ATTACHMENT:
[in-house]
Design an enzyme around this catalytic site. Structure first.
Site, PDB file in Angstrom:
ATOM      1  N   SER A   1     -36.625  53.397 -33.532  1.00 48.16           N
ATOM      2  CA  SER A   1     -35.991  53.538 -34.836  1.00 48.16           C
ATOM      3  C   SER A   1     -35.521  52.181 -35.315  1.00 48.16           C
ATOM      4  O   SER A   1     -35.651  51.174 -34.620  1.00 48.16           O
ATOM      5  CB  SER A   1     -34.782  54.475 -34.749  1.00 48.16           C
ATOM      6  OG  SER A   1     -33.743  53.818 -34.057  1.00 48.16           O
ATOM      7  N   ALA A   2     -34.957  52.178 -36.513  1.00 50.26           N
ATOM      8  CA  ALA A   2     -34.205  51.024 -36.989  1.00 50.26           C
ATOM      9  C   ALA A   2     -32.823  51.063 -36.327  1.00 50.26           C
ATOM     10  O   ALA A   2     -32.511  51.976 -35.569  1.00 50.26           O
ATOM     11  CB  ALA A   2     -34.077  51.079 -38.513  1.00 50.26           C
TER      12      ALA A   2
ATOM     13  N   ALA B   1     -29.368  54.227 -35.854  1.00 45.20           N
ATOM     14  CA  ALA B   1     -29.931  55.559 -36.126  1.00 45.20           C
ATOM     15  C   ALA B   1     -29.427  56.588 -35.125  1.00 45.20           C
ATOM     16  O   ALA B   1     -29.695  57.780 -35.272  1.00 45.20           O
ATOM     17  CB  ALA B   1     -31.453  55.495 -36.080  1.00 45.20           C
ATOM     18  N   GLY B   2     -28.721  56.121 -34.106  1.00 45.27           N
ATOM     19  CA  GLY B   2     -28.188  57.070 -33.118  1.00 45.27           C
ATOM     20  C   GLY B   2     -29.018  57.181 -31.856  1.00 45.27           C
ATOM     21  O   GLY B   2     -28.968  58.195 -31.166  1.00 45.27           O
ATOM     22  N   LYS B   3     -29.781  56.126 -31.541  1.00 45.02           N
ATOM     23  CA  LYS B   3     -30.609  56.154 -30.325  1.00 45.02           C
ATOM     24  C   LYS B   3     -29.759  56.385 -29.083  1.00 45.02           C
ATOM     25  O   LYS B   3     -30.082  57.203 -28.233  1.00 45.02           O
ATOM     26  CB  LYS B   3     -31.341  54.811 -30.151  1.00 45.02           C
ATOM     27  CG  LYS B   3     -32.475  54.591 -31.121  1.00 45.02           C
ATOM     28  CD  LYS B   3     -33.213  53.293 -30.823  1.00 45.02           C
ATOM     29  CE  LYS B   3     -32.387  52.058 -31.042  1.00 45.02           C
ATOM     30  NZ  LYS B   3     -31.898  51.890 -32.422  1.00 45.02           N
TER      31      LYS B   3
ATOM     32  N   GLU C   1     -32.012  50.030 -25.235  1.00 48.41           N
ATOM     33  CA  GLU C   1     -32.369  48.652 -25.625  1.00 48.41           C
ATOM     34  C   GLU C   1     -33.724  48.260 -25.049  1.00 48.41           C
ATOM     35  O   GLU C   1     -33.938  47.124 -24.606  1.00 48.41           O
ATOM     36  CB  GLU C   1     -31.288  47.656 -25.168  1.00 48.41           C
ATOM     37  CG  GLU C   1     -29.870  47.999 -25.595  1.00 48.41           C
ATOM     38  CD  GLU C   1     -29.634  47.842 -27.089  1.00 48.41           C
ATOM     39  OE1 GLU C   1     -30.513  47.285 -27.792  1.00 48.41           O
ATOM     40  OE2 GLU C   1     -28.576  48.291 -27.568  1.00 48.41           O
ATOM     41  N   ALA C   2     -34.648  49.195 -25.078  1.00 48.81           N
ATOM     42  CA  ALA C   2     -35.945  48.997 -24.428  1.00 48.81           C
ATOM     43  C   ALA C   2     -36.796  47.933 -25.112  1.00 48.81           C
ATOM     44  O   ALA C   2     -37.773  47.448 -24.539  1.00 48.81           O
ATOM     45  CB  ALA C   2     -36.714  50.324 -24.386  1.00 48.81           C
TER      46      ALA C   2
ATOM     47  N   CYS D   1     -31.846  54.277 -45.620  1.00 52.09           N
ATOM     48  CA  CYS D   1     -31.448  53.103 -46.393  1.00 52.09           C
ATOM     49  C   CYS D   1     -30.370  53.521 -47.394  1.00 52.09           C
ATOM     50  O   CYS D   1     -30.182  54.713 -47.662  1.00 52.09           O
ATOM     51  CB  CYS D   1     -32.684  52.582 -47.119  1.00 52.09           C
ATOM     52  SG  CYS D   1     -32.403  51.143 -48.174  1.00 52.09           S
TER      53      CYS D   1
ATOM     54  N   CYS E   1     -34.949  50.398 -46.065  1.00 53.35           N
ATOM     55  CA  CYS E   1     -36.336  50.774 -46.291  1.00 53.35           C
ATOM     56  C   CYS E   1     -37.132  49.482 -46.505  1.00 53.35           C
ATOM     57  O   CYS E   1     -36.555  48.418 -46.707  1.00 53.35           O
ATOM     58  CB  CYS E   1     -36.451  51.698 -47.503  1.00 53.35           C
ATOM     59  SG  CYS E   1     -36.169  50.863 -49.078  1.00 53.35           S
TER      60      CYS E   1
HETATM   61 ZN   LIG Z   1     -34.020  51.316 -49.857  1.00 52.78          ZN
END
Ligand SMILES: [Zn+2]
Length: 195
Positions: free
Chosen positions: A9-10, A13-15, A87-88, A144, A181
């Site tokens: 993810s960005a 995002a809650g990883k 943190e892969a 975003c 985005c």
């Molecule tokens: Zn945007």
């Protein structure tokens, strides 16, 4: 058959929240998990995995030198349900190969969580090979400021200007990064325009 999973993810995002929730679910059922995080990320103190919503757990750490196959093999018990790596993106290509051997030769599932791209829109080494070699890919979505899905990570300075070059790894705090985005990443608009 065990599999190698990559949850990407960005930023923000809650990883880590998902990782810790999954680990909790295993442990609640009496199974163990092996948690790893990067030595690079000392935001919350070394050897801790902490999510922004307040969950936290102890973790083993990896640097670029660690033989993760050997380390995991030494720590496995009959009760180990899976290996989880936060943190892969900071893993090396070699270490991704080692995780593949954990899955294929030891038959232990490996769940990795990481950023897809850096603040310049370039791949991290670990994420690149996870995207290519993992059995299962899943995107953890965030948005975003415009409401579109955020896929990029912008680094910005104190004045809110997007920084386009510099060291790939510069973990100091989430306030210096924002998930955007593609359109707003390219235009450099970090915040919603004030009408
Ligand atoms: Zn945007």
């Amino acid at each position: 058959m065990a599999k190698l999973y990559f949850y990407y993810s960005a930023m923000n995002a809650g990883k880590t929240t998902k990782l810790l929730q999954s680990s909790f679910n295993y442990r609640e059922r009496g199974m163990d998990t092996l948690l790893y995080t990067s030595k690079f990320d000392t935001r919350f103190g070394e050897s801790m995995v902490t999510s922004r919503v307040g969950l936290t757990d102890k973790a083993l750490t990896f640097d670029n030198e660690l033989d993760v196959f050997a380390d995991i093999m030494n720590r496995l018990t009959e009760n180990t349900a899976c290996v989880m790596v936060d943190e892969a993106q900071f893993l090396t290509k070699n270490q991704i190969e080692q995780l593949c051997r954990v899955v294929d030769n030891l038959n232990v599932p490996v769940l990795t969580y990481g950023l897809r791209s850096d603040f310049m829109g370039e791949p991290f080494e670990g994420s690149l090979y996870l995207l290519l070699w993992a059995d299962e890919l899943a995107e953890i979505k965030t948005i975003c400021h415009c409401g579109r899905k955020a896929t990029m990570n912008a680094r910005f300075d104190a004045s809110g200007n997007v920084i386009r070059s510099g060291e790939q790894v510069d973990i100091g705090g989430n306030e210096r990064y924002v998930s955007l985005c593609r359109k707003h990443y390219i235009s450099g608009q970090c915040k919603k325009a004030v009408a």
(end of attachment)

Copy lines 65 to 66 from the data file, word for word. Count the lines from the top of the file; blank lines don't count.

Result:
END
Ligand SMILES: [Zn+2]